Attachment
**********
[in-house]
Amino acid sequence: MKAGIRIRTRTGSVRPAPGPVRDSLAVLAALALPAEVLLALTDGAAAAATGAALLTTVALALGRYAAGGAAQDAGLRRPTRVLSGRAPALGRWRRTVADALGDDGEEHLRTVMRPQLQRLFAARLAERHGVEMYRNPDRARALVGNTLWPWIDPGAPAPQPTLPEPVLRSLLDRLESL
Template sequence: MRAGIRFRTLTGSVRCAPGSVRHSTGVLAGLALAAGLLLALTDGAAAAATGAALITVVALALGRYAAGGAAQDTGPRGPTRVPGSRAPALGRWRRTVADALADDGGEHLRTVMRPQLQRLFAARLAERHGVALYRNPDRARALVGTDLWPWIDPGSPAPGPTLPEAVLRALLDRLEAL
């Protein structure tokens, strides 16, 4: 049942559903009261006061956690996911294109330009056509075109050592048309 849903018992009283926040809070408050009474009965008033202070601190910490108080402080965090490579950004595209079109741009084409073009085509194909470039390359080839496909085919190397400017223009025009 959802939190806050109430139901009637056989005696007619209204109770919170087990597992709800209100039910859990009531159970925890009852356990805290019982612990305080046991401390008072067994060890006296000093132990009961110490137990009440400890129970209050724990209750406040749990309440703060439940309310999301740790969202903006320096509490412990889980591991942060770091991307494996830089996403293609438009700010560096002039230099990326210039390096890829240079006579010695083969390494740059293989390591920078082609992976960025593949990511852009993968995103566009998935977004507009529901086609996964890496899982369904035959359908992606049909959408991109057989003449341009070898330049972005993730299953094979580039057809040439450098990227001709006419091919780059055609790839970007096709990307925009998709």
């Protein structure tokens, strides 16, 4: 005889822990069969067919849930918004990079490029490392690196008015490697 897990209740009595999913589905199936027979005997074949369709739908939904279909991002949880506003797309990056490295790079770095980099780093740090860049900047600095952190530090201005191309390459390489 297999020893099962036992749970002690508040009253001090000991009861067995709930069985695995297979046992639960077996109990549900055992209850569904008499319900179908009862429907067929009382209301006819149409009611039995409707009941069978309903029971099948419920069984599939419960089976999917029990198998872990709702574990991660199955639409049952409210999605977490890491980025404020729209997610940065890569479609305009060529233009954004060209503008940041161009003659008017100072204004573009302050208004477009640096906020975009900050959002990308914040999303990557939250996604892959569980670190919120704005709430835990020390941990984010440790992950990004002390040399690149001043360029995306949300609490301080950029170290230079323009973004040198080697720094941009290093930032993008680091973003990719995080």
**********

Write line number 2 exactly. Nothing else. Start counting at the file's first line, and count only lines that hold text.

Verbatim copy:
Amino acid sequence: MKAGIRIRTRTGSVRPAPGPVRDSLAVLAALALPAEVLLALTDGAAAAATGAALLTTVALALGRYAAGGAAQDAGLRRPTRVLSGRAPALGRWRRTVADALGDDGEEHLRTVMRPQLQRLFAARLAERHGVEMYRNPDRARALVGNTLWPWIDPGAPAPQPTLPEPVLRSLLDRLESL